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Hi friends. Sorry. This isn’t Shauna. This is her friend, Michelle. You don’t know me, but I know you all, and more importantly, I know Shauna. When I first met her, many years ago, I was fresh out of college, working night shifts in an Emergency Room, answering phones and filing paperwork. It was an eye opening experience. I saw a slice of the world that few have ever seen. I saw people come in that were in pain, were in a panic, were seeking attention, or drugs or worse. I held the hands of people that were losing loved ones, got a fresh cup of coffee for a soon-to-be-widow, wrapped a blanket around a shaking parent that just lost a child. I’ve watched physicians make difficult choices, nurses hold it until they nearly peed themselves, janitors clean more blood than you could imagine was inside a person. To date, this was the best job I ever had.
My guess is that you suspect that Shauna was a patient there, after a horrible night of violence and abuse. You’d be mistaken. She and I shared a desk, a little spot of peace in a sea of uncertainty. In the time I knew her, she was unwaveringly kind, poised, but mostly quiet. In the way I know her now, it’s so weird to call her quiet. You couldn’t swear in front of her, which was a big fucking problem for me. She didn’t drink, which I just couldn’t possibly fathom. People would ask her personal questions about her life, and I would hear her shut them down. “How are your roommates?” “Seeing anyone?” “What did you do this weekend?” were all considered personal questions. I quickly learned that she didn’t want to talk about her life, and I was okay with that. Most of our interactions consisted of making fun of our coworkers, or talking about what weird meal I had made myself for dinner. There was a lot of food and real estate porn. Shauna helped me internet shop for the condo I eventually bought, talked me through the petty arguments I had with my then boyfriend, and let me complain about my mother. I think truly our friendship began from a mutual love of Pitbulls.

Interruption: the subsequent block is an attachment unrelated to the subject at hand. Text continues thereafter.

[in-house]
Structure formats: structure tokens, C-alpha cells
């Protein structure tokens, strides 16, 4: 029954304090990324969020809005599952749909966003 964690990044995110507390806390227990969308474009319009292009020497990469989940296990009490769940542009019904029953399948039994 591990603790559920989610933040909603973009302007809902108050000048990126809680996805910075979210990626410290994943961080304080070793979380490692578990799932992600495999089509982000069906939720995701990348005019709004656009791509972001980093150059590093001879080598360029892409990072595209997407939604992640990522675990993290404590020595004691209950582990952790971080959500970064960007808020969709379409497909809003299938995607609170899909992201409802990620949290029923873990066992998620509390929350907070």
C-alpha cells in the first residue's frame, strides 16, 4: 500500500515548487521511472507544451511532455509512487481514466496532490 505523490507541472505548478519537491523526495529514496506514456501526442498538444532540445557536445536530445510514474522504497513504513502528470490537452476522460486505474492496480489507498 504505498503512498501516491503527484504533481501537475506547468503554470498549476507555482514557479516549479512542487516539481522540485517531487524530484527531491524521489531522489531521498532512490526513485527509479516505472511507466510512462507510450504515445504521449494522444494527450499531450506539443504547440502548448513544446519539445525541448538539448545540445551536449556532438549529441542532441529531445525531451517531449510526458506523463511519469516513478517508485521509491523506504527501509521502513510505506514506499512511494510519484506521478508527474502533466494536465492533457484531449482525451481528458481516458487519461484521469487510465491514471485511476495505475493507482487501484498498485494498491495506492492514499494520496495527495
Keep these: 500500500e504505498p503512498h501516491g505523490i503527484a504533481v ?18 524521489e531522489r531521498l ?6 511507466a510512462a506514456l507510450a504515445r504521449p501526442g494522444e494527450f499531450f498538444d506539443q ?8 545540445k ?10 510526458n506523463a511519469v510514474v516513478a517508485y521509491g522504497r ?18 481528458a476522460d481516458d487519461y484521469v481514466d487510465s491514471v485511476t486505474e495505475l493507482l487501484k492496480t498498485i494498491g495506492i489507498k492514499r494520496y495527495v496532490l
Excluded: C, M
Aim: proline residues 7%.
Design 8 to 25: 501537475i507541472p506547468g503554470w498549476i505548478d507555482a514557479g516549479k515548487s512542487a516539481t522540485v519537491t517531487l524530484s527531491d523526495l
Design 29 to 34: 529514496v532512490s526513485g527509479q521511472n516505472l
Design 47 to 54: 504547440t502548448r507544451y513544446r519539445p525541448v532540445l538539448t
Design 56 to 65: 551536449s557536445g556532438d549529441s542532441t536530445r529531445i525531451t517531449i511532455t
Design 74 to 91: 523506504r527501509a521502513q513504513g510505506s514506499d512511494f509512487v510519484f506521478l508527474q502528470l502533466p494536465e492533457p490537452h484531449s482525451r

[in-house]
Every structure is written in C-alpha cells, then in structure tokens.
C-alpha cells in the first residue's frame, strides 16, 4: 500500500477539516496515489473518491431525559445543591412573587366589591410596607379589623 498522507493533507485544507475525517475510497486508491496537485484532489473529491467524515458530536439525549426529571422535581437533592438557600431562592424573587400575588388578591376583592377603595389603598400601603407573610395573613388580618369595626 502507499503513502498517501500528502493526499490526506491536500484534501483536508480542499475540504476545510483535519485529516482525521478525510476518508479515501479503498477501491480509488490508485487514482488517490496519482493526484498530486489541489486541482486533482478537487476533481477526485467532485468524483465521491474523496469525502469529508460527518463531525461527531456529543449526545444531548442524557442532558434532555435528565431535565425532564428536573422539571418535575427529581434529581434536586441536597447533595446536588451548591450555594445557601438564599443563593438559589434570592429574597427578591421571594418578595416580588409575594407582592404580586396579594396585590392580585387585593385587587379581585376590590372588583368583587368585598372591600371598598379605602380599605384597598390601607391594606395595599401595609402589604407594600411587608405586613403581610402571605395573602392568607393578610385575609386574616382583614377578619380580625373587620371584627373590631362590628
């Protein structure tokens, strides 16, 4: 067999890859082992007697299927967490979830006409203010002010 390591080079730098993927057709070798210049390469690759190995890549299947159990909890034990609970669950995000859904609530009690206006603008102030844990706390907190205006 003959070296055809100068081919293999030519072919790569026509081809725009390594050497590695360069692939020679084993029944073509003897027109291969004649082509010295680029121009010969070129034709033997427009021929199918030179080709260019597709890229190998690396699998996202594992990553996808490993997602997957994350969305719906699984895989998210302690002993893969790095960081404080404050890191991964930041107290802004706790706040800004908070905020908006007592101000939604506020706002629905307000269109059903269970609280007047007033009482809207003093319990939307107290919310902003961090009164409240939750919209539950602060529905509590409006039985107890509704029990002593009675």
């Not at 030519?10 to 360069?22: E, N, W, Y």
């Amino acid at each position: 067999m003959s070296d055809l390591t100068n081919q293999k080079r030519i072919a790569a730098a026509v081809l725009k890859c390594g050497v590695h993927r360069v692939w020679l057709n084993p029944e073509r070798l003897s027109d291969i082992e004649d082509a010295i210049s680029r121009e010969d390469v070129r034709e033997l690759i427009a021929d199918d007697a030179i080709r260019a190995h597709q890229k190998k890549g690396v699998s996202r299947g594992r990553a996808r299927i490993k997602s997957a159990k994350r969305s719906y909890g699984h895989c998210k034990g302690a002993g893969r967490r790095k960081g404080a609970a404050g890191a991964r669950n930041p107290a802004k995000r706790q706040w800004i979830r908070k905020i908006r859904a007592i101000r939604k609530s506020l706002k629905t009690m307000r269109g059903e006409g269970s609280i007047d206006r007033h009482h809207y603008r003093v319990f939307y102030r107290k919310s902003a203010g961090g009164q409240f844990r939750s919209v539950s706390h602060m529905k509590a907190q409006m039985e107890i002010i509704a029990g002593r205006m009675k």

In the time we worked together, Shauna’s mother became very ill. She lived in the city, but my home was in the neighboring suburb. Like any sensible city girl, she didn’t have a car, so I offered to drive her there. With the kindness she had shown me, it was a no-brainer.
Through bits and pieces of the conversations we had, I began to put together a concerning image of her life. Here she had this mother that she loved dearly and loved her the same in return, but Shauna was living with people that controlled her life. I was sad for her, and I felt so helpless to make it any better. I just promised I would drive her to her mom whenever she wanted, even though one time I left her on the side of the highway to be picked up by Mom because I was going to miss an exam.
When I left that job, Shauna was one of the very few people with whom I kept in touch. It was probably two years before we saw each other again. When we got together, she was this entirely different person. The first thing she said to me was “Let’s get a fucking drink”.
We went out to a bar, a place I couldn’t have pictured her in a thousand years. She told me about the amazing man that she was dating, the scum bags she had dated and the good news that she had moved back home with Mom. That was probably my favorite part.
It was like I was meeting someone entirely new, but had known my life for years. At the first opportunity, I had her over to the condo she and I drooled over at 3 AM nightly after I made an offer on it. She met my husband I had squabbled with when we were dating, and kissed the Pitbull we adopted shortly after I was married. Shauna became a weekly fixture at my house, sometimes helping me, posing as a fake client, other times just to drink and laugh. Eventually, after too many glasses of wine, Shauna told me the story of her survivorship. I remember sitting there with my hand over my mouth the entire way through. I couldn’t believe someone I had loved so dearly lived through such hell. She seemed so nervous to tell me about her life, but she was so brave through it. She didn’t stop. It was like one breathless story, breathless for both of us, though I was silent. There were hugs. There were tears.